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Insanely Ignorant People – American Prospect Edition

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There are times when it’s difficult to believe the plain, simple, ignorance of people attempting to comment upon the passing scene. Today’s example is David Dayen at The American Prospect. He comes across a Twitter thread from a group called Americans for Financial Reform. The usual three teenagers in the basement with a mimeograph machine. Well, given their knowledge we’d better hope that’s what they are:

A certain confusion there about what par value means. For those confused, a primer:

What Is Par Value?
Par value is the face value of a bond. Par value is important for a bond or fixed-income instrument because it determines its maturity value as well as the dollar value of coupon payments. The market price of a bond may be above or below par, depending on factors such as the level of interest rates and the bond’s credit status.

Market value and par value are not the same thing. As an example, the par value on an Apple share is $0.000015 and the market value is $109.00 or so. -ish, you understand. If the Federal Reserve were to go out and buy an Apple share then it would be paying $109.00 – ish, not some fraction of a penny.

Yes, bonds are different but not that different. Interest rates were higher when many/most bonds were issued at $100 par value. So, when interest rates fall they go up in value. To, say, $107. Which is the market price at which the Fed buys them.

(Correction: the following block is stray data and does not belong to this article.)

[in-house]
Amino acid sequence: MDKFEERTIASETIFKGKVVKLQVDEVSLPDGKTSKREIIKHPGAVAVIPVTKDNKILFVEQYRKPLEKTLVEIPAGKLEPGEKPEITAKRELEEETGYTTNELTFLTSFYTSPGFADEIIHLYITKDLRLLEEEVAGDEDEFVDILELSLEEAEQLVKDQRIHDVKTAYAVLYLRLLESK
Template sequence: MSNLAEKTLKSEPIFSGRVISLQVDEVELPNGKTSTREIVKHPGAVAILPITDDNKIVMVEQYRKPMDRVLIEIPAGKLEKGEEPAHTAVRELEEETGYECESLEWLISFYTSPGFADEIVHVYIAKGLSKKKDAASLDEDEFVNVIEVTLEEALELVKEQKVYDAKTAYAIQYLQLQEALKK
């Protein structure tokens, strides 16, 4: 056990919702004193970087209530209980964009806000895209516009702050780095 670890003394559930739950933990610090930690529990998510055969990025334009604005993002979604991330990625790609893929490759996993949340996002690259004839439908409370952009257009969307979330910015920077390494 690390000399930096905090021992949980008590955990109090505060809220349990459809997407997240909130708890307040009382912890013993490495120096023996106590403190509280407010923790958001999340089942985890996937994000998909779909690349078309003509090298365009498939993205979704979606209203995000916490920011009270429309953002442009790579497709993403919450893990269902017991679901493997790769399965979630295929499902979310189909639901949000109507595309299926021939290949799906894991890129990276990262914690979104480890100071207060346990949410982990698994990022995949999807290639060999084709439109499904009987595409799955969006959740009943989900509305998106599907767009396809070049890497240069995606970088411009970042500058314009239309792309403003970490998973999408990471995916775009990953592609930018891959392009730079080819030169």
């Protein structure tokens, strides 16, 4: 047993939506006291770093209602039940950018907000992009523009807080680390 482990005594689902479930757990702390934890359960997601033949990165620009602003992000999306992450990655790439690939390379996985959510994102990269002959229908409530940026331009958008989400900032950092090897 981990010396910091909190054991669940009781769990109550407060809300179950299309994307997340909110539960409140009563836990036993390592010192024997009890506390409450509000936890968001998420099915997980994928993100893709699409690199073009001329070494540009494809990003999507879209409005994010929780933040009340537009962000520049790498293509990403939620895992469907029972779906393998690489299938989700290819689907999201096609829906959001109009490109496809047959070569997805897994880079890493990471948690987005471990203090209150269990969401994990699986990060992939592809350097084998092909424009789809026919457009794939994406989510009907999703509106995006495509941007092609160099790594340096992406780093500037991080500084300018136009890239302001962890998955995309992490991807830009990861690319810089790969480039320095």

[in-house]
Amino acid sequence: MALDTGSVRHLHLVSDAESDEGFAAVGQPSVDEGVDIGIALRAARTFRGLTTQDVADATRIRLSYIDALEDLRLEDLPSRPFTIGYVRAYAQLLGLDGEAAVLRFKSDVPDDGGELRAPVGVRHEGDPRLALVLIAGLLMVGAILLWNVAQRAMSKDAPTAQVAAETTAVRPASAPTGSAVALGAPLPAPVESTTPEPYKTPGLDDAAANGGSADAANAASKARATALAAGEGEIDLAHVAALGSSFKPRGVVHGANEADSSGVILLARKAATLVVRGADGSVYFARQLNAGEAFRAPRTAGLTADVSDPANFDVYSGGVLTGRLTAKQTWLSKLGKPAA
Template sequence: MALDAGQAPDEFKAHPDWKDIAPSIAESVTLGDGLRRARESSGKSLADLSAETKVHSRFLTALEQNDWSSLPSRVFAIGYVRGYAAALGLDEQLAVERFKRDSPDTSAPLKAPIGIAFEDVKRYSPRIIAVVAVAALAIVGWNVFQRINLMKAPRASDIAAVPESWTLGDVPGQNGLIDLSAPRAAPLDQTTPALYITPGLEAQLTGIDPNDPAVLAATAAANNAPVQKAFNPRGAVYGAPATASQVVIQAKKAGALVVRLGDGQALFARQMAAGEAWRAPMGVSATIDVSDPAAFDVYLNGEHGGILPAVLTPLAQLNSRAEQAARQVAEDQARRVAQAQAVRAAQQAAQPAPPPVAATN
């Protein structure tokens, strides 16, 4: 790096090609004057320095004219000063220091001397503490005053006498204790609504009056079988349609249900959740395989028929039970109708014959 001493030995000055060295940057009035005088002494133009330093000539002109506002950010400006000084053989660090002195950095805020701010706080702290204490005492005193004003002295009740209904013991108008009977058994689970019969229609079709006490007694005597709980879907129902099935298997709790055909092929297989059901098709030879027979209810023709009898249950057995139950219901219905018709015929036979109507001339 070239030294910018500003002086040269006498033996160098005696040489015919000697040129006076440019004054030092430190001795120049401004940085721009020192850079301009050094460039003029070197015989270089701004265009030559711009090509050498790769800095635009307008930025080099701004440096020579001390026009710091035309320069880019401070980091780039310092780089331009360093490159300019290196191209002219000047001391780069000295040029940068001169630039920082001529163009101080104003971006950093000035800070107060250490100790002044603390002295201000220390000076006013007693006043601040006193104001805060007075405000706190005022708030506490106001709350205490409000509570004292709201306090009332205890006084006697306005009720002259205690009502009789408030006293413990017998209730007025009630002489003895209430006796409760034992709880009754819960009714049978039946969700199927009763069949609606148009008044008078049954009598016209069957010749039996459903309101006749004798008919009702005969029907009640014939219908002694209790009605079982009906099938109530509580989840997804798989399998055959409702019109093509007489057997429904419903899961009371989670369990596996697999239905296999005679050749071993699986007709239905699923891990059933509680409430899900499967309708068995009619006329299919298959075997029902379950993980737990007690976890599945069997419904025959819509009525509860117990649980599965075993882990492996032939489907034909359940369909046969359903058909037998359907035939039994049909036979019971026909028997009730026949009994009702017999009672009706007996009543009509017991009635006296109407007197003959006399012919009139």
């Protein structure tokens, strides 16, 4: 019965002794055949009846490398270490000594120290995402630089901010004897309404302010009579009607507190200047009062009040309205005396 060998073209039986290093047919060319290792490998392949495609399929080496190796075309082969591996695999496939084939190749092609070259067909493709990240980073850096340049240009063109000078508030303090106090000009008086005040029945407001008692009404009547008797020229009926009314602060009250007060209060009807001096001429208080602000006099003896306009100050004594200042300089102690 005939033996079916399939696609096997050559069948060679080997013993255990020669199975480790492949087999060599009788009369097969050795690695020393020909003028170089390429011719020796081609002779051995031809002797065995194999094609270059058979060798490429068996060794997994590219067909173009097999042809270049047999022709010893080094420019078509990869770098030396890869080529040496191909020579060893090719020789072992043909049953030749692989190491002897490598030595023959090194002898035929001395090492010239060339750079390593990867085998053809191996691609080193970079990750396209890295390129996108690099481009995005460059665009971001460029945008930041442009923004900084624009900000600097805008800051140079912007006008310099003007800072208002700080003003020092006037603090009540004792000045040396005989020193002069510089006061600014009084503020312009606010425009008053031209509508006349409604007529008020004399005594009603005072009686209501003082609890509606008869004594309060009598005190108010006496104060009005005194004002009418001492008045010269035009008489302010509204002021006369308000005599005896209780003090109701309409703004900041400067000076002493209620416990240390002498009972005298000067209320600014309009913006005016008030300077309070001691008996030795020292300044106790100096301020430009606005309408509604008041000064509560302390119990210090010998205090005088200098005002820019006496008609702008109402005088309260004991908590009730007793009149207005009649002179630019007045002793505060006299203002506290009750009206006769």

At which point David Dayen, that executive editor of The American Prospect, the source essential for teenage mimeograph owners attempting to understand the world:

Americans for Financial Reform ferreted this out in a criminally under-discussed revelation. The Fed reports its corporate bond purchases and loans under the CARES Act to Congress; the most recent one came out September 8. If you go to the trade-level data for bond purchases, you see this very clearly. There’s a par value, a market rate for the bond purchases the Fed is making. It’s paying more than par with virtually every purchase. It bought Altria (the Marlboro and Juul people) bonds at 109.9 percent. It bought Columbia Pipeline group at 116.7 percent. It bought Principal Financial Group at 112 percent. All but a very few of hundreds of purchases totaling tens of billions of dollars are made above par. On average, the price is 107 percent.

Nope, he’s not got the slightest clue either, has he. Even after I alerted him yesterday to this point via Twitter.

And note – Dayen is one of those trying to explain the world to the teenagers with the mimeograph machines. No wonder they’re all entirely at sea, crazed even, on any subject economic. It’s not that they just have a slightly different view of the world, judge by different standards, it’s that they’re gaining their information from the ignorant. Seriously, they don’t make buses short enough to carry those with this level of financial market understanding.

Just questions to make heads explode. If bonds always trade at par value then why do we have a market in them? A market in which we track their prices? Even, a market in which we note that prices do change?

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